What does my neighbor know of my business dealings? I do not buy from him or sell to him. but do we sell grain to the same feed mill? Do we buy propane from the same vendor? How would he ever form an opinion of my business ethics? Proverbs 20:14 reflects the thinking of an individual that many would consider a shrewd businessman. “It is naught, it is naught, saith the buyer: but when he is gone his way, then he boasteth.” For some, the challenge of negotiating a lower price becomes almost an obsession. The goal is to get as much as possible while paying as little as the seller will accept. Are we willing to pay what our neighbor is asking for his lawn tractor if we think it is a fair price or must we offer less just to see if he will accept a lower price? What do we communicate to those who live around us when the “deal” made at the dealership is labeled a “steal” at the next cattle sale. What will enhance the testimony of Christ and His Church in the eyes of my neighbor?

The Scriptures identify that my neighbor’s livestock can become my responsibility to care for and return if it strays onto my property. Would my effort to promptly return the animal in good condition influence my testimony among my neighbors? Certainly the circumstances surrounding such an event would either build or tarnish a Christian’s testimony.

Must my neighbor own every tool or implement that I do? The Bible states in Matthew 5:42 that we are to “Give to him that asketh thee, and from him that would borrow of thee turn not thou away.” but if I let my neighbor borrow this tool, what if...? Or, no one ever asks to borrow my tools so how can I profit from this verse? Perhaps we should ask to borrow something from our neighbor. It is always easier to ask the neighbor who has loaned us something before. This interaction between a Christian and his neighbor could certainly give ample opportunity to leave a good testimony for Christ.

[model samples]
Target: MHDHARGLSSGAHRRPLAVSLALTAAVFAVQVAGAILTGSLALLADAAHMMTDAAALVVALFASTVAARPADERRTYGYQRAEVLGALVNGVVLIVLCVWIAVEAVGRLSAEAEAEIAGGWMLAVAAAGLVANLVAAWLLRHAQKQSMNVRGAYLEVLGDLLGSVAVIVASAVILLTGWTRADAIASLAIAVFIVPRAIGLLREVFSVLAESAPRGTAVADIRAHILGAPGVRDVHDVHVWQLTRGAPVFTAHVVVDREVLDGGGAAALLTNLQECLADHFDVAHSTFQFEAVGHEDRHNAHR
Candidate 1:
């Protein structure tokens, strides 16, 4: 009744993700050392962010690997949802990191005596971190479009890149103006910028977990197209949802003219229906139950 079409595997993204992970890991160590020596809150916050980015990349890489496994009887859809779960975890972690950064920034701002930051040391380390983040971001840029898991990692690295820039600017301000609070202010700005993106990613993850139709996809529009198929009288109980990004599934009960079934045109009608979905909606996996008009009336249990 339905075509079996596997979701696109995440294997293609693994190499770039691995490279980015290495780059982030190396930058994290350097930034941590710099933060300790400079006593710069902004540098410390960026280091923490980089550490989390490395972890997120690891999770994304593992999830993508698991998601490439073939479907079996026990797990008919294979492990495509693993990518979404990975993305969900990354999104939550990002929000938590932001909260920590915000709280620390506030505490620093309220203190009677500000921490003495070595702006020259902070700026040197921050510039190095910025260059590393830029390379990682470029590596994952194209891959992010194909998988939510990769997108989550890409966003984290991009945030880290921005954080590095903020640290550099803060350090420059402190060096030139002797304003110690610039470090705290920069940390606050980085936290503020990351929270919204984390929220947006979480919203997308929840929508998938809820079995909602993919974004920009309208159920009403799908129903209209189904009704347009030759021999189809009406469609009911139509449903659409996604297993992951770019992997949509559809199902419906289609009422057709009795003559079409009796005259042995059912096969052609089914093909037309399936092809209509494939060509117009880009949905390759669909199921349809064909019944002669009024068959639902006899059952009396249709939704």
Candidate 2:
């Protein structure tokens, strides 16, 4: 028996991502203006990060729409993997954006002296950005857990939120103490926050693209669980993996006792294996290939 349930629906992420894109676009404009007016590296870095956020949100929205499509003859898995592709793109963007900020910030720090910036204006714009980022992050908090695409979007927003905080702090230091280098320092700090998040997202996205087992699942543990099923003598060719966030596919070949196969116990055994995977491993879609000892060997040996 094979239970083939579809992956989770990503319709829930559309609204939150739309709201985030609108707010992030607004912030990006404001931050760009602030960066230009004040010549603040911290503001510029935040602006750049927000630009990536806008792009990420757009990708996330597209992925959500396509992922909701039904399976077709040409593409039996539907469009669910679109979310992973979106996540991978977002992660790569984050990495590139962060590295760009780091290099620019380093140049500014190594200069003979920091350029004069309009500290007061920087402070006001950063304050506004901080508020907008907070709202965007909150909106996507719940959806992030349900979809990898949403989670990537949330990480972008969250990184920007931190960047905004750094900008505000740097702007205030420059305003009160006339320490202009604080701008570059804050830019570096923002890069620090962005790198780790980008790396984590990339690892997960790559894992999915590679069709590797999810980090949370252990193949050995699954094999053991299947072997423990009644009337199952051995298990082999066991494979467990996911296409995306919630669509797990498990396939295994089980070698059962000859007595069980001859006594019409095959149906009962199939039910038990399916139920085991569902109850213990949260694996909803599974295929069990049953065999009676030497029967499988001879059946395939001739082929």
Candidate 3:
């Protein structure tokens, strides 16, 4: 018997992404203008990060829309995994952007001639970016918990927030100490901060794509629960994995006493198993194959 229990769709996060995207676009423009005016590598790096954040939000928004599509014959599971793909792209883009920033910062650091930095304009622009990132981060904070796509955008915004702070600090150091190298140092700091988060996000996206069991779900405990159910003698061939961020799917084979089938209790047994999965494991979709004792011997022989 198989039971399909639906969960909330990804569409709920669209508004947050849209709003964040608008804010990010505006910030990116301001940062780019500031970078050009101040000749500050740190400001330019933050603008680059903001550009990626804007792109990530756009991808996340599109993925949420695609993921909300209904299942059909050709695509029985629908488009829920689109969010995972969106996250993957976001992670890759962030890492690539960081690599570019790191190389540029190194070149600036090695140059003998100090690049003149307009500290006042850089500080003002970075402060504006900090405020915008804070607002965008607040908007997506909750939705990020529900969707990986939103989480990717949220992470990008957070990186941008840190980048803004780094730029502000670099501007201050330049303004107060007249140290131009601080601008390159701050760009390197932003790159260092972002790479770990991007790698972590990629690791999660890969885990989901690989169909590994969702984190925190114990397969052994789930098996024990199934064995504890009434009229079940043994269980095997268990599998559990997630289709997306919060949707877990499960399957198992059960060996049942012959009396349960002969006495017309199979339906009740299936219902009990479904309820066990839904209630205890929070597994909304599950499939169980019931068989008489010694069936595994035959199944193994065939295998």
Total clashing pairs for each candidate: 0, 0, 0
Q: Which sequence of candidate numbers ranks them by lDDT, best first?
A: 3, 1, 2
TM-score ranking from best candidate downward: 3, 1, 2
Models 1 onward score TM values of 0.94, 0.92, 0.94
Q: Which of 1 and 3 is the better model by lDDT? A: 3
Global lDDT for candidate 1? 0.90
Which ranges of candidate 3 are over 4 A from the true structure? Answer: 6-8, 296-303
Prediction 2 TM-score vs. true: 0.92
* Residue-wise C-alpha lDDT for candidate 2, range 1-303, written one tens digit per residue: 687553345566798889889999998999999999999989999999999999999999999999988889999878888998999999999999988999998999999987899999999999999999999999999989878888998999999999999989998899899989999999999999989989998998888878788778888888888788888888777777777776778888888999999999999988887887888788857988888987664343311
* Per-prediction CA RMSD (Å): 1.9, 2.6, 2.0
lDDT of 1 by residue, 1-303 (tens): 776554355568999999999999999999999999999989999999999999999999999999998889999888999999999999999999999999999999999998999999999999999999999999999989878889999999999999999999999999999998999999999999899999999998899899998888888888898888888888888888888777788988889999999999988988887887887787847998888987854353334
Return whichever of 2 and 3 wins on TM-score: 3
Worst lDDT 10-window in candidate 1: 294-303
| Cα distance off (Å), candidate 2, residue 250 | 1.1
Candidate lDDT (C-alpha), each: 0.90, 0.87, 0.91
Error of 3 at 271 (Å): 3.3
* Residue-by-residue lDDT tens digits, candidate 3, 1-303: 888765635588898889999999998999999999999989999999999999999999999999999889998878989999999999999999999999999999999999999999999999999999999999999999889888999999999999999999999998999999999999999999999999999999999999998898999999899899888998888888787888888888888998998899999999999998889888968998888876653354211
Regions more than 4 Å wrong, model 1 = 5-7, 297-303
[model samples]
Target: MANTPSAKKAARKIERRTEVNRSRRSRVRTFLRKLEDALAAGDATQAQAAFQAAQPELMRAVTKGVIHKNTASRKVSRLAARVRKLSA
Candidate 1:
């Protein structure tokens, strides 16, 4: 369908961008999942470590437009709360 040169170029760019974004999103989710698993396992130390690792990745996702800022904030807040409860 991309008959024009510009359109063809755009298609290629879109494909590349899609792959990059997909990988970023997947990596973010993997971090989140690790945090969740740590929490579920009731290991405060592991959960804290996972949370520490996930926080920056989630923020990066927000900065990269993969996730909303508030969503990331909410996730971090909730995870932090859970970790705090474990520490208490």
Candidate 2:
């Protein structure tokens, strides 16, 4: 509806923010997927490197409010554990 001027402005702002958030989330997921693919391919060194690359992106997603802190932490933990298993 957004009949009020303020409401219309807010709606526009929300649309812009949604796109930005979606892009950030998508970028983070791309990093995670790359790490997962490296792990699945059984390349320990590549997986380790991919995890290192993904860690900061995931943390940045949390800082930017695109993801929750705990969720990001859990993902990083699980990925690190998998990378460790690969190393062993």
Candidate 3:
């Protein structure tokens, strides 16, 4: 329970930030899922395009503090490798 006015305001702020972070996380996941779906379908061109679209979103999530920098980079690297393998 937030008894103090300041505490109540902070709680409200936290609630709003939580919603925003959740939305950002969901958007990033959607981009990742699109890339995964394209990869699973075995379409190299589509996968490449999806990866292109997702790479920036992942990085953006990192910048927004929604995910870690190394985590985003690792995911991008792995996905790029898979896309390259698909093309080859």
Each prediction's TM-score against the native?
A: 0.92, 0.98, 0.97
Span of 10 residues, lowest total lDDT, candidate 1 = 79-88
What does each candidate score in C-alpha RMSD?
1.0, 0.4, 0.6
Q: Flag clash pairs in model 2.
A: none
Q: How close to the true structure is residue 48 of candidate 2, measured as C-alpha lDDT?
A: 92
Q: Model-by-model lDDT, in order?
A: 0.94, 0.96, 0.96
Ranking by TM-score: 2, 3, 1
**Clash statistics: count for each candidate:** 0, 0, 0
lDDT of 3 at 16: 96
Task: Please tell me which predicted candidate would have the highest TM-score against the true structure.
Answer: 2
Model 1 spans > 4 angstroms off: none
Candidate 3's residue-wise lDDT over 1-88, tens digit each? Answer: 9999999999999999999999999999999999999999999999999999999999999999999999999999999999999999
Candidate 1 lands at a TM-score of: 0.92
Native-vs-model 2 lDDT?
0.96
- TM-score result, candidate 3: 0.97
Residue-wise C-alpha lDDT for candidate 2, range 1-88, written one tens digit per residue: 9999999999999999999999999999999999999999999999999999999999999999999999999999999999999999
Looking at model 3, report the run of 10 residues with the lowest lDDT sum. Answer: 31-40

Sometimes it is well to consider what our neighbors see. Perhaps it is good to try to evaluate our possessions through their eyes. What would a drive past your property reveal? If you were the neighbor up the road what impression would you get? Five junk cars parked against the unpainted garage, an unkempt yard with a garden full of weeds, the house roof missing a section of shingles, and a screen door hanging open on one hinge certainly make an impression. Maybe the drive past would reveal two shiny, late model cars parked on the blacktop driveway, and a large, perfectly landscaped yard complete with a shady gazebo and beautiful three car garage. Does the luxurious house with the gospel sign saying “Seek Ye First the Kingdom of God” (Matt 6:33) standing visible by the road serve to clarify or confuse our testimony? Would a sin sick soul feel comfortable knocking on either door? What perceptions do our neighbors gather from the meeting houses we build in the community? Expansive lawns, mowed to perfection combined with newly pointed stone walls? An auditorium fitted with fine oak trim accenting the thickly padded benches. Would we be ashamed if the “town folks” ever knew the price? The church sign says “Lay not up for yourselves treasures on earth.” Is that truly our testimony? If you were a sin sick soul looking for Jesus, would you stop here on Sunday morning? “Abstain from all appearance of evil” (1Thes 5:22) What impression do our properties and church buildings leave on our neighbors?

“Go ye therefore and teach all nations” includes those in my own community. What is my testimony in the eyes of my neighbor? Our testimony is something that our neighbors build with the material we supply them. Like erecting any building, a solid testimony in the community requires thoughtful planning, effort and considerable investment of time. God help us to see what our neighbors see as we live the Christian life before them.

-Barnett, MO
February 2010